“We need to build a bigger picture of road collisions”

09.36 | 8 February 2024 | | 1 comment

A new report says greater sharing of collision data and medical information about crash victims could lead to a much better understanding of the causes and the costs – human and financial – of death and injury on the country’s roads.

Crash and casualty data is routinely collected by the police who attend most major incidents or are at least made aware of them. It is then published by the DfT through a system called STATS19.

However, the report – Data Linkage in Road Safety – authored by Seema Yalamanchili, a general surgeon and a clinical research fellow at the Imperial College London Institute of Global Health Innovation, says to get a more rounded picture of collisions and harm on the road network this should be better linked to other sources of data.

This includes the injury data collected in the national medical dataset, Hospital Episode Statistics (HES) – and that recorded by the ambulance service and other parties involved in the aftermath of road crashes.

Ultimately, all those working in the road safety arena – not least those involved in health provision, law enforcement, transport policy and vehicle design – would benefit from greater data co-ordination and cross-referencing, the report concludes.

Seema Yalamanchili, the report author, said: “As clinicians dealing with patients seriously injured following road collisions, we have made significant progress in how to effectively save lives, but there’s more that could be done.

“To do this we need a systematic understanding of how the particular circumstances of the collision impacts injury patterns. Studying this relationship not only allows us to optimise emergency care response but also supports the design of better preventative strategies to reduce major injury.”

The report also says a more co-ordinated approach would help answer some of the questions that are key to reducing road casualties and improving health outcomes, such as:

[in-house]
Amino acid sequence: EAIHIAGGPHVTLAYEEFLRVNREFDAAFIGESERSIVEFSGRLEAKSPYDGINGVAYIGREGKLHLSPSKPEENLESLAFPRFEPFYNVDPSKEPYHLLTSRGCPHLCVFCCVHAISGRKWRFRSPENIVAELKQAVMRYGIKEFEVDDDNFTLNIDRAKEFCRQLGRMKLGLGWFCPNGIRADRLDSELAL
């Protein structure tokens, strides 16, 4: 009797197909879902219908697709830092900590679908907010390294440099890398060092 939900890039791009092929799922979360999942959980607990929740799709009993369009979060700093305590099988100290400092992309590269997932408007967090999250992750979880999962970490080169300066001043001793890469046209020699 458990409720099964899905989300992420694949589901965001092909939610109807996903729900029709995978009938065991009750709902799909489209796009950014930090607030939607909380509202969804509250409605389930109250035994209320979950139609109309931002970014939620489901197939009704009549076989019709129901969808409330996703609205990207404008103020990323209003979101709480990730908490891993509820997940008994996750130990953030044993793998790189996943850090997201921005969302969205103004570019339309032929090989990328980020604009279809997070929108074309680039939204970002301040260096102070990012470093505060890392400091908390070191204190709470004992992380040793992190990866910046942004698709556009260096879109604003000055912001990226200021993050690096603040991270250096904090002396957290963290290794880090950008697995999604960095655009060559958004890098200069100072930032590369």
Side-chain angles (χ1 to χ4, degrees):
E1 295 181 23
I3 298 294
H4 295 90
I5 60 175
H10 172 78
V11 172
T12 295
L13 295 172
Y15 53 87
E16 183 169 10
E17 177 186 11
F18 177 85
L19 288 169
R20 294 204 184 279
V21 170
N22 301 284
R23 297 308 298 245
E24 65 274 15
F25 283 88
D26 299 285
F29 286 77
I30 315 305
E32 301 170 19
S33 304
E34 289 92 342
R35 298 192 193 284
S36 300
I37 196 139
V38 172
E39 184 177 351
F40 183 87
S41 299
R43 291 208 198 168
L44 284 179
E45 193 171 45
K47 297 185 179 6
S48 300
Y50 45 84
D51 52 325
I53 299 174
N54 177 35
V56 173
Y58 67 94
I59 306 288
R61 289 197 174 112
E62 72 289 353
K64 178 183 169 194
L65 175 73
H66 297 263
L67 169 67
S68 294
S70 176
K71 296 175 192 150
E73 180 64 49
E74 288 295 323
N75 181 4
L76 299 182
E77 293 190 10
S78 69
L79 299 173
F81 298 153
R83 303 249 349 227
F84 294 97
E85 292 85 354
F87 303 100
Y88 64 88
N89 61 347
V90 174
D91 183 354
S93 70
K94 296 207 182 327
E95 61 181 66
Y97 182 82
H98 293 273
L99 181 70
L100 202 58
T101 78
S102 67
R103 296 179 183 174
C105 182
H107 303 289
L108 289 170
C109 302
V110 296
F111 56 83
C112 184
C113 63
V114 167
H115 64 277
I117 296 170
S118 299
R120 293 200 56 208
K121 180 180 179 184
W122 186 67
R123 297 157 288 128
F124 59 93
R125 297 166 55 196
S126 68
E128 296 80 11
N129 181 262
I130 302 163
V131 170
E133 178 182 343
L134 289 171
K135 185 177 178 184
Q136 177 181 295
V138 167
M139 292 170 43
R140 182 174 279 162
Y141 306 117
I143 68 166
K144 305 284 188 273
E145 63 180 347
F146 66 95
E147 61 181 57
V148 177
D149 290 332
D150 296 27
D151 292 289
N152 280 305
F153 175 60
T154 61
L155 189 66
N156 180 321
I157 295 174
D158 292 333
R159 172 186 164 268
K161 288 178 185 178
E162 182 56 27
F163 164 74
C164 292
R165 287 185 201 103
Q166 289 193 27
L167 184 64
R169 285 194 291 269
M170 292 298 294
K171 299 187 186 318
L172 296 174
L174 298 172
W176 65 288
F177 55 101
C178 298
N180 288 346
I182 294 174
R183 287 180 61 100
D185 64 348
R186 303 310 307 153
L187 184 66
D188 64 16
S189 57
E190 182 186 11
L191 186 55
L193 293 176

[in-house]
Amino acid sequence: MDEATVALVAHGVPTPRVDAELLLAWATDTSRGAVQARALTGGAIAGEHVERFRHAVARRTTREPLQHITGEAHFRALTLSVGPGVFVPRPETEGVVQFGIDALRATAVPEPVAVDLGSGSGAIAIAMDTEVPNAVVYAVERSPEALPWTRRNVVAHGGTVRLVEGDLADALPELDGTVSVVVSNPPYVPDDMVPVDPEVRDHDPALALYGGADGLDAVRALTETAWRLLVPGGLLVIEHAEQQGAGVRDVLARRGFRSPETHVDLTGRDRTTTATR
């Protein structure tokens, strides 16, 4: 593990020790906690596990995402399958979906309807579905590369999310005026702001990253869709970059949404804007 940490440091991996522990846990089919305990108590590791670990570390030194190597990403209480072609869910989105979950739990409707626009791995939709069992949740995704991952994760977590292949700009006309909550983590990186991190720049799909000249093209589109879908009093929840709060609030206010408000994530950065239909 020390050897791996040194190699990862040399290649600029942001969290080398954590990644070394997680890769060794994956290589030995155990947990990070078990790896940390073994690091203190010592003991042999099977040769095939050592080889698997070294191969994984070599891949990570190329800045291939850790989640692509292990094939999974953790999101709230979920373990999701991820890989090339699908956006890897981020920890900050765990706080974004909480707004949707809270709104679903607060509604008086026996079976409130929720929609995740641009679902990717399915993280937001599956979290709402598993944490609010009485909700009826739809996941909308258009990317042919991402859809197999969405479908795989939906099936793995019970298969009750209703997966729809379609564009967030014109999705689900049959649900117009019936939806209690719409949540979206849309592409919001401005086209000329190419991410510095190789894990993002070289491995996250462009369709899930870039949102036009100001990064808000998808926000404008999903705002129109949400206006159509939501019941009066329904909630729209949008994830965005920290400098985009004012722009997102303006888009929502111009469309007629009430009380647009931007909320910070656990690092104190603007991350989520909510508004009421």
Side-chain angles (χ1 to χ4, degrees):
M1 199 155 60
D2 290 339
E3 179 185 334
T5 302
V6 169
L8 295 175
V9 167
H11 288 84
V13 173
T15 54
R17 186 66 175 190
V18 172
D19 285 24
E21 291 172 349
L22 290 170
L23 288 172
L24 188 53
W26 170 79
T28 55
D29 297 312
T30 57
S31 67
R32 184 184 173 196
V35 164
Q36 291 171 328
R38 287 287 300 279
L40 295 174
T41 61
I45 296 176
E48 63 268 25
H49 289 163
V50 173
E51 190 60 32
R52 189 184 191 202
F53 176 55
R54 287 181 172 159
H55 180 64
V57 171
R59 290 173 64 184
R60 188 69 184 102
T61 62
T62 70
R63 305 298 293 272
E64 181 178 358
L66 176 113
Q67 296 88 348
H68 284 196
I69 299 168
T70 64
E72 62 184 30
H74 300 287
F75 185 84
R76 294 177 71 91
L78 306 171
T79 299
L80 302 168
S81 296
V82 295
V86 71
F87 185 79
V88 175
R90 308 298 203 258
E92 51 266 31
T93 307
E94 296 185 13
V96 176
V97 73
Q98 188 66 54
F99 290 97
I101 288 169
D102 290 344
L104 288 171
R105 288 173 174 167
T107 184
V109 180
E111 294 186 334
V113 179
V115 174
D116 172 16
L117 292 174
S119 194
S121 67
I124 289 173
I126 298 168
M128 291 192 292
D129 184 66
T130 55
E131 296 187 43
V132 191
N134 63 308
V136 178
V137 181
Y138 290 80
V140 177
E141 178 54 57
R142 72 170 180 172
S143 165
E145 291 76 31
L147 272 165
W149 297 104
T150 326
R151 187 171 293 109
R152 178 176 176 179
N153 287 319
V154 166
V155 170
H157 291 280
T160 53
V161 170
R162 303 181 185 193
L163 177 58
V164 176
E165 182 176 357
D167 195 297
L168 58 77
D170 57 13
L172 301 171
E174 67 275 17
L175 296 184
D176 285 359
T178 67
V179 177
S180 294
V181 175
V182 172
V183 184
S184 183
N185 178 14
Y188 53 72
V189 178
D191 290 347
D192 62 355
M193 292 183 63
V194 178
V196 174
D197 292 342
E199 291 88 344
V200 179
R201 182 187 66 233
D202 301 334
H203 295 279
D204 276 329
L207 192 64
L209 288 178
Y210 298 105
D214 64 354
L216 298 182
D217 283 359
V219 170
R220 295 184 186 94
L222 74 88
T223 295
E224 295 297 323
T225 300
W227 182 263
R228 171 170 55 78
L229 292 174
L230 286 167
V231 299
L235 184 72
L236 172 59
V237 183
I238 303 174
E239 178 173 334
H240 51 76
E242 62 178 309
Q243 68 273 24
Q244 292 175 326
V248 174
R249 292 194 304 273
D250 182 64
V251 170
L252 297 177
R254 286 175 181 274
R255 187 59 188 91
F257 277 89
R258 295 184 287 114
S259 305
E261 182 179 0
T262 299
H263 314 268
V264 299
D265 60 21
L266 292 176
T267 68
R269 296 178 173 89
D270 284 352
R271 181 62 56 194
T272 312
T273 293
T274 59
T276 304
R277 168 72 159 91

• Are the right road casualties being triaged to the right centres?
  • Why do some demographic groups fare worse than others following similar collision circumstances?
  • What medical interventions can be introduced to improve clinical outcomes for particular injury types?

Steve Gooding, director of the RAC Foundation, said: “Police investigations of road crashes concentrate on gathering evidence that could lead to a prosecution for causing an incident, rather than exploring the causes of why it happened.

“Medical data is focused on the condition of the patient on arrival into the health system in order to identify the right treatment rather than capturing the reasons for the nature and severity of their injuries.

“That’s why we need to build a bigger picture of road collisions and their effects from the currently fragmented data. We should not underestimate the difficulty in getting access to all the data and then joining it together by incident. But nor should we underestimate the possible road safety benefits of doing so.

“Linking these data-sets would be the sort of analytical activity that a Road Collision Investigation Branch would be expected to pursue in order to develop a well-informed view of the causes, consequences and costs of road-related casualties.”

The report has been welcomed by Road Safety GB. 

Will Cubbin, Road Safety GB’s director of research, said: “This report recognises an important issue in road safety; in order to create effective risk reduction programs, we must first diagnose the underlying issues accurately. 

“This requires not only good quality data, but data from a range of sources so that multiple components of each issue can be examined. There are inequalities in both casualty risk and injury outcomes that need to be understood before they can be addressed. 

“By joining the dots between datasets we can form more effective partnerships to solve these ongoing problems.”


 

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    The view that Police look at crashes with a view to finding out whether a prosecution can be mounted does not align with my experience. I always sought to understand primarily how a crash happened, with prosecutions being very much a secondary consideration. I did retire from the Police 30 years ago, but find it hard to credit that collision investigation at high levels has dramatically changed its focus despite the huge technical advances.


    David Daw, Bury St Edmunds
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